This paper analyses whether developments on the labour market and in the welfare system during the economic crisis can be seen as perpetuating the trend towards labour market segmentation or whether the crisis may actually have contributed to containing some of the divisions forged in recent decades. With regard to non-standard workers, developments during the crisis in European countries may appear, at first sight, to have run in opposite directions. While these workers have indeed, in many cases, been more affected by unemployment, serious efforts have been made in several countries to improve their access to unemployment benefits as they are usually among those considerably less likely to qualify for unemployment benefits. Due in part to these improvements, but also as a result of changing characteristics of the pool of unemployed, increasing benefit coverage rates could be observed in many countries. In others, however, trends ran in the opposite direction. Women, and particularly youth, nonetheless remain in an inferior position and, on the EU27 average, the coverage rate of the latter group has actually declined during the first period of the crisis.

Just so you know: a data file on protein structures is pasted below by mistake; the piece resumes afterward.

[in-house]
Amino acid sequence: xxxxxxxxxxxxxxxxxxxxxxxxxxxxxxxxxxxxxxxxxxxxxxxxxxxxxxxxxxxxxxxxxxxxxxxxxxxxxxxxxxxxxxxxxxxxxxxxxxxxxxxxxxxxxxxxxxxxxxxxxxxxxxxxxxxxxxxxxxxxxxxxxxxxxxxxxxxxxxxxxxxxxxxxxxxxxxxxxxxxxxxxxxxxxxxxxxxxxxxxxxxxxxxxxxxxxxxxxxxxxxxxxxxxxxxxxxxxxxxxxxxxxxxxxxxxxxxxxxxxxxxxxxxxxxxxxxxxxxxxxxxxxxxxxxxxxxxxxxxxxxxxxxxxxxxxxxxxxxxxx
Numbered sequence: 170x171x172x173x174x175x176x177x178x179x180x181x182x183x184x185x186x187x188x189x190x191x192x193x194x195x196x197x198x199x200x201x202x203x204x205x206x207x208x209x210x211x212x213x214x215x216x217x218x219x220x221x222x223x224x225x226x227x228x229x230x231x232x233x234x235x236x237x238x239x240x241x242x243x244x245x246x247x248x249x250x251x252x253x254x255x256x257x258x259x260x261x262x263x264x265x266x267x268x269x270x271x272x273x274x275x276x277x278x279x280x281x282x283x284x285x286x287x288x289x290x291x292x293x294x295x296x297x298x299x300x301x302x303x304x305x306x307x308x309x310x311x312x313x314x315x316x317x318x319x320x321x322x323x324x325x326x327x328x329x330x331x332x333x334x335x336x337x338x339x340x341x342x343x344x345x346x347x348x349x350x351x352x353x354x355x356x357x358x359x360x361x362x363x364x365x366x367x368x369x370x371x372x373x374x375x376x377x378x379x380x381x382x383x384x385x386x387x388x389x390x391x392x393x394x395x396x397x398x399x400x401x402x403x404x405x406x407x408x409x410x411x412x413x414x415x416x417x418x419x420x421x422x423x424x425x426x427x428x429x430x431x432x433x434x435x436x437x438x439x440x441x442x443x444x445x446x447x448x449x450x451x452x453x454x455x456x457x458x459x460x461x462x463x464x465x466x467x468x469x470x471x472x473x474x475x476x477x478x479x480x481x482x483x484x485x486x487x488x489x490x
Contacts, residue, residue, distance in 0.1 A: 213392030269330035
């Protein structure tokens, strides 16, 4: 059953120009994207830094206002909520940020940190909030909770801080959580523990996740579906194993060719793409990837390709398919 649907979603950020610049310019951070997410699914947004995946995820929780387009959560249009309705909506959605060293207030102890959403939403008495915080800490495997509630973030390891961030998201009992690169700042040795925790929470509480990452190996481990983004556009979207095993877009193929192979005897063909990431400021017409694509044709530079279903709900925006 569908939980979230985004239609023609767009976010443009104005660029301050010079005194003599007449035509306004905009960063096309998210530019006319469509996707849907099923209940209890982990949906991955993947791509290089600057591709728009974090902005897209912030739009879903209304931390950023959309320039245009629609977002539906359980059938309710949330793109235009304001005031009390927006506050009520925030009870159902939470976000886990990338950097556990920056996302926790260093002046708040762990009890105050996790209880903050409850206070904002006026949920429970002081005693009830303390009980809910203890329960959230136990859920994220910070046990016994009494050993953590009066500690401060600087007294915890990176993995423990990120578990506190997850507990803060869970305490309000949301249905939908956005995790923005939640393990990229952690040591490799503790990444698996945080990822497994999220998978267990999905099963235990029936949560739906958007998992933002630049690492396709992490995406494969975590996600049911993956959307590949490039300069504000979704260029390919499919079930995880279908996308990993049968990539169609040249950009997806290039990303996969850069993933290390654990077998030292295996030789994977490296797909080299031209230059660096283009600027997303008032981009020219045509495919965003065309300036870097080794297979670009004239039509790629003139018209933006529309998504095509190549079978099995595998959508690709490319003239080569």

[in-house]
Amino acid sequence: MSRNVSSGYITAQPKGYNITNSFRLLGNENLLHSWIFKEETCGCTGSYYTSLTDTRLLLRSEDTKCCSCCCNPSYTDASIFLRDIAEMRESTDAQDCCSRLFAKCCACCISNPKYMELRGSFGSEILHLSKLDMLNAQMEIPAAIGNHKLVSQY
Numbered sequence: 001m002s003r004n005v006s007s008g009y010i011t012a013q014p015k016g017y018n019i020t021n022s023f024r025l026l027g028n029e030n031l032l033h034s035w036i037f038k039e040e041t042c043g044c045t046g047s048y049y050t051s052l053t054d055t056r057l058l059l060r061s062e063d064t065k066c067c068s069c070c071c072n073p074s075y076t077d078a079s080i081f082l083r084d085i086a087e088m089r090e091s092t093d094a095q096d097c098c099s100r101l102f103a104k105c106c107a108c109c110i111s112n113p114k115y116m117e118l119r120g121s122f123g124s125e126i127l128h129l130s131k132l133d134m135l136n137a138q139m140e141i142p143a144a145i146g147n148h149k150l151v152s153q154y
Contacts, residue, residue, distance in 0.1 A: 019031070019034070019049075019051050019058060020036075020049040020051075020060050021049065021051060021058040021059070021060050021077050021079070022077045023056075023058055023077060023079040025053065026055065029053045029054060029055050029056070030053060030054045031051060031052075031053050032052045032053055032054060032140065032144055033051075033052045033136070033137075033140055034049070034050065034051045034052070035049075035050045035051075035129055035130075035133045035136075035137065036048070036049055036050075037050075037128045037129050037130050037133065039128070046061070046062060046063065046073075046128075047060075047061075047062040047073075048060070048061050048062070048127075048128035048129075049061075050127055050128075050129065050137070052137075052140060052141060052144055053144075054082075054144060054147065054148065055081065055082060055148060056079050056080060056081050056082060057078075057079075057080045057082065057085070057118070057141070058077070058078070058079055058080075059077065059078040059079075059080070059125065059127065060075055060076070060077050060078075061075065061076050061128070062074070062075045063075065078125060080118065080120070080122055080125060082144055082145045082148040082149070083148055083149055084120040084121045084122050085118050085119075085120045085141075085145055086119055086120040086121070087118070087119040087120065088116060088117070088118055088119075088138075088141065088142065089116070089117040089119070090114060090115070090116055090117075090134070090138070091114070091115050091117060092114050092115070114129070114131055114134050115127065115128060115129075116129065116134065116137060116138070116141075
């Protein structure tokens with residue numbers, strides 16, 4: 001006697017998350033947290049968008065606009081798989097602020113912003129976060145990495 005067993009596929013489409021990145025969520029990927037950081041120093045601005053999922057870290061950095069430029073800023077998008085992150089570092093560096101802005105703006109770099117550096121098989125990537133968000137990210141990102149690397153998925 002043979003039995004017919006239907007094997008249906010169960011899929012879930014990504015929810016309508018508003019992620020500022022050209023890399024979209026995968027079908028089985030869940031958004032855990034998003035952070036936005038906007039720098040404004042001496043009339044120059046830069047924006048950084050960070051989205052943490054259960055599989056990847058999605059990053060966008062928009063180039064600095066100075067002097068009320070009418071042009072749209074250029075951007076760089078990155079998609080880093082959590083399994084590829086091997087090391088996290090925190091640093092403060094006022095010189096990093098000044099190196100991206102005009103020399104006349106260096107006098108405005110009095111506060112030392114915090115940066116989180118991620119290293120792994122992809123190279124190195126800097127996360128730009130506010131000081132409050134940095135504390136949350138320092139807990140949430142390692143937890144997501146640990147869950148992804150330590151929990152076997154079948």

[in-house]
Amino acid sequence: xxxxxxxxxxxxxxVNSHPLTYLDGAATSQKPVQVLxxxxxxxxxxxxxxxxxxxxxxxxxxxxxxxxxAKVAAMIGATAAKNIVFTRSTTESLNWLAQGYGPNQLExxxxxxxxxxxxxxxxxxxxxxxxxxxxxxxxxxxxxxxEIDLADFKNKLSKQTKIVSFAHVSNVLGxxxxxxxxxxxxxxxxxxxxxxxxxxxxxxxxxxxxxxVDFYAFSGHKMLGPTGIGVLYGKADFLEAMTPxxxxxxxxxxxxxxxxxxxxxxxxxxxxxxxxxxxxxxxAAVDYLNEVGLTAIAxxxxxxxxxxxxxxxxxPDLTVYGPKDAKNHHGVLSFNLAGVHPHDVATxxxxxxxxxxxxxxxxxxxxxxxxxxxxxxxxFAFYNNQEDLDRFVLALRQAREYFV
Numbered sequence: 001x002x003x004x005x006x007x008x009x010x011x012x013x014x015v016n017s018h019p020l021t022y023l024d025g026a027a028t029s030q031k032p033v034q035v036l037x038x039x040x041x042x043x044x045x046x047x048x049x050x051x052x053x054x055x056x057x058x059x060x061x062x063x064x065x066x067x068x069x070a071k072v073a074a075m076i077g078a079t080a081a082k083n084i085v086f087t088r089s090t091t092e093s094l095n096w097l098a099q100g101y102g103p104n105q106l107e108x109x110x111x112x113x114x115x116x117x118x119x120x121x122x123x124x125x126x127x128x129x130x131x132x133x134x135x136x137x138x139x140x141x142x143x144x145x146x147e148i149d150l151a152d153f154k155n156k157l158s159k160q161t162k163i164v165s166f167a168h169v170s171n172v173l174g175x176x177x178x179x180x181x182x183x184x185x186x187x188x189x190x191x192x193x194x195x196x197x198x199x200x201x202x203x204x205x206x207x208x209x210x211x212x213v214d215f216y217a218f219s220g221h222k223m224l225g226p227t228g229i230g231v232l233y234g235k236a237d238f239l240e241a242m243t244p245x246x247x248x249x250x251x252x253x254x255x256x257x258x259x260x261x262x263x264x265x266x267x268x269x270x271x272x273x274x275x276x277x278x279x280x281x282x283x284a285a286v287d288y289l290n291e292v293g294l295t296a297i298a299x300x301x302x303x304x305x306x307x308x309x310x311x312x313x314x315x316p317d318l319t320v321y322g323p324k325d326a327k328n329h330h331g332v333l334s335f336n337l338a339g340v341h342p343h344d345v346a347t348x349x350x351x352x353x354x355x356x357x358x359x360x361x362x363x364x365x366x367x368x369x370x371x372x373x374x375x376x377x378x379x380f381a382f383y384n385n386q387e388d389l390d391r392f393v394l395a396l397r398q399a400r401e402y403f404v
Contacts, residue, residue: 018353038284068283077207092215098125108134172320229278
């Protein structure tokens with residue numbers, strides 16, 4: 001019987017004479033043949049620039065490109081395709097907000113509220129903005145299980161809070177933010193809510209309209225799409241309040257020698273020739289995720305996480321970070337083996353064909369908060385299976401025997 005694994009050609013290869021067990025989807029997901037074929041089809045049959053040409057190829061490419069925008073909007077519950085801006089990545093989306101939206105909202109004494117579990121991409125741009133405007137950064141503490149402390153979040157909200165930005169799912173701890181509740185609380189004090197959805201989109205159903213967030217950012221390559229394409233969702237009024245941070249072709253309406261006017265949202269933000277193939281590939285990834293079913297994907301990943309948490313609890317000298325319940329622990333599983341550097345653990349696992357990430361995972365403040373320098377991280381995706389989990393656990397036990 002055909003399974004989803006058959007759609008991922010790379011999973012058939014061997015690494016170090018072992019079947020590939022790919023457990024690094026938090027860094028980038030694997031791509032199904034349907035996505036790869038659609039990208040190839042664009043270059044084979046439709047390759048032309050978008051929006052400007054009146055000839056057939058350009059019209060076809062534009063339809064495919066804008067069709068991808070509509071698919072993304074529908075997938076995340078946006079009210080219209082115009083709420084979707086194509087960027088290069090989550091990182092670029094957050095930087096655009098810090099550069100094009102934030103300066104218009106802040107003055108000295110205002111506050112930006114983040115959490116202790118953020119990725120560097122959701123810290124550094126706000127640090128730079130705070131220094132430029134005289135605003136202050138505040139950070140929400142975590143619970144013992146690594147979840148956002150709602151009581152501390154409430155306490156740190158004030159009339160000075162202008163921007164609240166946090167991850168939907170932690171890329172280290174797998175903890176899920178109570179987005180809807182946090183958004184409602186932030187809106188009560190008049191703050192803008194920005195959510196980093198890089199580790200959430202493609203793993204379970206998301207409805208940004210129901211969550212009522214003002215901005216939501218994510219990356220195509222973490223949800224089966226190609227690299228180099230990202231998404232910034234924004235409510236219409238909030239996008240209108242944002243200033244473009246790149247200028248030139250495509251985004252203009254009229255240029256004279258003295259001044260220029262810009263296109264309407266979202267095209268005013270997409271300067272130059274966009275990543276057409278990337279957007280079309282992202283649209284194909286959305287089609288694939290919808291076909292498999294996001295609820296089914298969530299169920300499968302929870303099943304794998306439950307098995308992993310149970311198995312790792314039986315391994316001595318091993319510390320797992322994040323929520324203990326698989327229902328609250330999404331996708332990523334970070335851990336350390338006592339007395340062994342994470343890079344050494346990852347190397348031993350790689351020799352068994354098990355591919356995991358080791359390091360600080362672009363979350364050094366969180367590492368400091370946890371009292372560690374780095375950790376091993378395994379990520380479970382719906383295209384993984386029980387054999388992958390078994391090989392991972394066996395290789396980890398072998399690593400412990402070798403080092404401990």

|Translated title of the contribution||Has the economic crisis contributed to more segmentation in labour market and welfare outcomes?: An analysis of EU countries (2008-2010)|
|Journal||Revue Francaise des Affaires Sociales|
|Publication status||Published - 2013|